How to Do Outdoor Math Through Play

Jul 02, 2022

When I opened an in-person nature-based homeschool program for the residential and local multi-age kids at Heathcote Intentional Community in Freeland, Maryland back in 2010, we spent HOURS per program day outdoors.

CLICK HERE and check out the video today entitled, How To Do Math Outdoors With Play.

Granted, it was super easy and enticing to be out in nature on 112 acres in a beautiful wooded valley complete with a lazy bubbling stream meandering through the community.

Heathcote Art & Science Homeschools students taking off for a hike into the wilds of the Heathcote forest. Fall 2010.

We were out there in all manner of weather including the rain. We simply dressed well for whatever outdoor occasion we were bent on.

We could just open the door of the old grain mill where our learning center was, and there we were surrounded by this gorgeous farmland dotted with cute little houses, gardens, the Heathcote stream, tall trees, flowers, and oh, we had a pond! It was truly paradise. I never worked in a more beautiful rural setting.

On one particular day in early spring of 2011, it was rainy and all five us happened to all have blue raincoats. We put them on before emerging outdoors and walked in the rain along the stream path to a special fort area. I jokingly called us “the Blue Crew.” The kids got a kick out of that.

Together the children and I created a lean-to fort beside the stream. It was in a beautiful private, quiet, forested area. We spent hours creating natural paints from the soil and plant matter. It was early spring and the weather was quite agreeable. Ursa, one of my students, created letters and numbers using rocks and trees. She created the letter C out of leaves and rocks.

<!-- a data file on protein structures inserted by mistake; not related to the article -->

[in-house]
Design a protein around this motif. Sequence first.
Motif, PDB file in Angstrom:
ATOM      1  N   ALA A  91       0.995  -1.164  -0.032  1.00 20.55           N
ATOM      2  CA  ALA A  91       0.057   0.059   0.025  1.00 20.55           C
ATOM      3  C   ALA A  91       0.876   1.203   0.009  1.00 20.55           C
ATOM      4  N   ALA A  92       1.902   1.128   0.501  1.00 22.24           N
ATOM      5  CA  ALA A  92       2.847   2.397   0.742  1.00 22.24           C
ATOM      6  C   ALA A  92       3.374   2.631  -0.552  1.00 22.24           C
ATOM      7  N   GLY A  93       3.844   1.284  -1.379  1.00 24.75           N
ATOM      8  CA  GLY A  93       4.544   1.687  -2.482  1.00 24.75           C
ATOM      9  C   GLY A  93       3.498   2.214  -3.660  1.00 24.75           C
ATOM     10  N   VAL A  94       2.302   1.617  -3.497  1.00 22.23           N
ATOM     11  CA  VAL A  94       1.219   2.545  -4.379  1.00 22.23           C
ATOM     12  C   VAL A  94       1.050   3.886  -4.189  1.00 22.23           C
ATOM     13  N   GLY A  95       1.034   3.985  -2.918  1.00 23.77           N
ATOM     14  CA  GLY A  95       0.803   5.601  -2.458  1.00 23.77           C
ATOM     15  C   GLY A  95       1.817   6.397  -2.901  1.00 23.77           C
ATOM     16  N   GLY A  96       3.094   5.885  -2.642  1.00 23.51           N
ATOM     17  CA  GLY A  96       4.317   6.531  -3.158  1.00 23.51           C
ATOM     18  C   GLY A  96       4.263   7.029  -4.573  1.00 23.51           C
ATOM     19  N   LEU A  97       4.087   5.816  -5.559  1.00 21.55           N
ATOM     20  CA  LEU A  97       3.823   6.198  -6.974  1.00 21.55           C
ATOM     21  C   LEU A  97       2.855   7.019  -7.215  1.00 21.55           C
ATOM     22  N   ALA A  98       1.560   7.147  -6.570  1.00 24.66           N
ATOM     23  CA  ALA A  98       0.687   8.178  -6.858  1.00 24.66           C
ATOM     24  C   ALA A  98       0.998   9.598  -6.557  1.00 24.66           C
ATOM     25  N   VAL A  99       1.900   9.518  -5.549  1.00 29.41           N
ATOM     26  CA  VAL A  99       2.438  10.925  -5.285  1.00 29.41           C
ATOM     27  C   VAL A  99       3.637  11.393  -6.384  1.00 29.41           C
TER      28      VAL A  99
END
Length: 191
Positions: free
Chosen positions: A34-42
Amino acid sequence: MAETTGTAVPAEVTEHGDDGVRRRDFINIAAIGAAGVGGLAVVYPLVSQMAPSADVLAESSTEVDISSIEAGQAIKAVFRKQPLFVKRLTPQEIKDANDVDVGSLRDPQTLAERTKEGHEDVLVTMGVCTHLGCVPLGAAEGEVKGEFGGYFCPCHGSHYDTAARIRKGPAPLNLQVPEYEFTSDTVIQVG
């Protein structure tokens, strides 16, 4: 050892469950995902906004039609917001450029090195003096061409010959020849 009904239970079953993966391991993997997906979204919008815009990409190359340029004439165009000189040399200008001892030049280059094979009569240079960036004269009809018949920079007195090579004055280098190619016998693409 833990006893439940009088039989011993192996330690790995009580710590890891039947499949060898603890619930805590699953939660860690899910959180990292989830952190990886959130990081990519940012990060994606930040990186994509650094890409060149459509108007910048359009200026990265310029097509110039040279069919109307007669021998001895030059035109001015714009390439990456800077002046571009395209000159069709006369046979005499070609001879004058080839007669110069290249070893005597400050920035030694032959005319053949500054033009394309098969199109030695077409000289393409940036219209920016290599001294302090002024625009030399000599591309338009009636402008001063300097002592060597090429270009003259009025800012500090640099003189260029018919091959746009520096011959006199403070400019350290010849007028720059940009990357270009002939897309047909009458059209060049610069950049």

Ursa’s Andy Goldsworthy letter C.

Fast forward a decade. Here I am just today alone in the desert with my dog Rochelle living out of a campervan in the middle of the Mohave desert in the Eastern Sierra, CA. Today, I had an epiphany. I was going to jump outside of my van (okay, no, I actually stepped lightly outside of it) and write numbers in the desert’s sandy soil.

Here’s my creation in the Mohave desert’s sandy soil.

So, I did!

I noticed what an interesting calming effect it had on me to put my bare pointer finger into the soil and create numbers. Want to see the video of it?

CLICK HERE and check out the video today entitled, How To Do Math Outdoors With Play.

I wrote with my right pointer finger, 1, 2, 3. Then, on the fly, without planning exactly what I was going to do, I picked up some granite rocks nearby and created the numbers, 4, 5, and 6. Next, I looked around the area and found a long stick, about 2 feet in length that had clear line segments in it. It was perfect for practicing counting, but, I had to be careful less the loose bark segments fall off the stick before I had the chance to count them.

These are examples of how you can inspire your kids to “play with math” in nature. Simply demonstrate to them the way I show you in the video and they’ll be off finding a thousand other connections that have to do with their natural environment and math.

Try out some outdoor math together with your kiddos! Don't be afraid to get some dirt under your fingernails.

Gloria Brooks